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U.S. lags behind much of developed world in social progress

Bloomberg reports: America leads the world when it comes to access to higher education. But when it comes to health, environmental protection, and fighting discrimination, it trails many other developed countries, according to the Social Progress Imperative, a U.S.-based nonprofit.

The results of the group’s annual survey, which ranks nations based on 50 metrics, call to mind other reviews of national well-being, such as the World Happiness Report released in March, which was led by Norway, Denmark, and Iceland, or September’s Lancet study on sustainable development. In that one, Iceland, Singapore, Sweden, and the U.S. took spots 1, 2, 3, and 28—respectively.

The Social Progress Index released this week is compiled from social and environmental data that come as close as possible to revealing how people live. “We want to measure a country’s health and wellness achieved, not how much effort is expended, nor how much the country spends on healthcare,” the report states. Scandinavia walked away with the top four of 128 slots. Denmark scored the highest. America came in at 18. [Continue reading…]

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Trump expected to pull U.S. from Paris climate accord

The New York Times reports: The exit of the United States, the world’s largest economy and second-largest greenhouse gas polluter would not dissolve the 195-nation pact, which was legally ratified last year, but it could set off a cascade of events that would have profound effects on the planet. Other countries that reluctantly joined the agreement could now withdraw or soften their commitments to cutting planet-warming pollution.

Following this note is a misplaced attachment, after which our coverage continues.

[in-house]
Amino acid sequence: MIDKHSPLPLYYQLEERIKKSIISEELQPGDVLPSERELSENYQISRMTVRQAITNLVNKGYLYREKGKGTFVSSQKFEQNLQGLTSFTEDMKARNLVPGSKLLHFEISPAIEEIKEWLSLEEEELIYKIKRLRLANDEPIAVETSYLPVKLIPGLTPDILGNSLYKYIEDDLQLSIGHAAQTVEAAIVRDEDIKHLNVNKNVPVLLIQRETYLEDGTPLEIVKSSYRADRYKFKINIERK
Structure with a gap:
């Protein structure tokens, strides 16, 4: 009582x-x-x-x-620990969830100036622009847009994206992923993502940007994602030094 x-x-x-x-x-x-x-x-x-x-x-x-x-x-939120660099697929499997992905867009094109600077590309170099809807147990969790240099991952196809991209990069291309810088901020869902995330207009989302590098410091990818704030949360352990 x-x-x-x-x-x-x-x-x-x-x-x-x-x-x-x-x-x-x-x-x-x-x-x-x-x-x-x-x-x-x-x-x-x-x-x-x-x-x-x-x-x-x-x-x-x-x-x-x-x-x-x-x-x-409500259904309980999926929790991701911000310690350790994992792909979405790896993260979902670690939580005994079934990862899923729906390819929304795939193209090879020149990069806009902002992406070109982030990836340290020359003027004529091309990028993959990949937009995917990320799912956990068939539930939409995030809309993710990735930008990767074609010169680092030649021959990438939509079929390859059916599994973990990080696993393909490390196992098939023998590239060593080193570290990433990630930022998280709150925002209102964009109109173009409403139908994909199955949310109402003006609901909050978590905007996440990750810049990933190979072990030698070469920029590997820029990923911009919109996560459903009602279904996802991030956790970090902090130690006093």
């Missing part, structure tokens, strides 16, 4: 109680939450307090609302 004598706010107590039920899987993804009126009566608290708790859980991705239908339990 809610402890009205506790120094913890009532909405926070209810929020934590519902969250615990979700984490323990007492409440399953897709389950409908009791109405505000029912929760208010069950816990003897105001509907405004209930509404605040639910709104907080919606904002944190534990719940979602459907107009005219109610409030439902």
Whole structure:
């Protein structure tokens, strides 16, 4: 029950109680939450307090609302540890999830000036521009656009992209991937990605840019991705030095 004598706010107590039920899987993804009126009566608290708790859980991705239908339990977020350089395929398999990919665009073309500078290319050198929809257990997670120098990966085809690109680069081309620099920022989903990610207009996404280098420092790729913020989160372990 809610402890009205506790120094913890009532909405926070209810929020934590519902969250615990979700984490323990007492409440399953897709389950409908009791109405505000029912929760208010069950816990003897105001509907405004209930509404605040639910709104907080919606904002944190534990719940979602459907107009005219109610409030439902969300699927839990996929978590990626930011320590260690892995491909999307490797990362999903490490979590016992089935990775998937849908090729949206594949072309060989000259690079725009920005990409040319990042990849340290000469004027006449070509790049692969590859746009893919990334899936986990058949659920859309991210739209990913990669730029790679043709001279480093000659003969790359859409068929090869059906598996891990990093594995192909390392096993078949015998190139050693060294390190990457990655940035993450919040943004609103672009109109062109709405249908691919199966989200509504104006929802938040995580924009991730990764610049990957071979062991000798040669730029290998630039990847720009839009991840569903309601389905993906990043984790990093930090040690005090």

“The actions of the United States are bound to have a ripple effect in other emerging economies that are just getting serious about climate change, such as India, the Philippines, Malaysia and Indonesia,” said Michael Oppenheimer, a professor of geosciences and international affairs at Princeton, and a member of the Intergovernmental Panel on Climate Change, a United Nations group that produces scientific reports designed to inform global policy makers.

Once the fallout settles, he added, “it is now far more likely that we will breach the danger limit of 3.6 degrees.” That is the average atmospheric temperature increase above which a future of extreme conditions is considered irrevocable.

The aim of the Paris agreement was to lower planet-warming emissions enough to avoid that threshold.

“We will see more extreme heat, damaging storms, coastal flooding and risks to food security,” Professor Oppenheimer said. “And that’s not the kind of world we want to live in.”

Foreign policy experts said the move could damage the United States’ credibility and weaken Mr. Trump’s efforts to negotiate issues far beyond climate change, like negotiating trade deals and combating terrorism.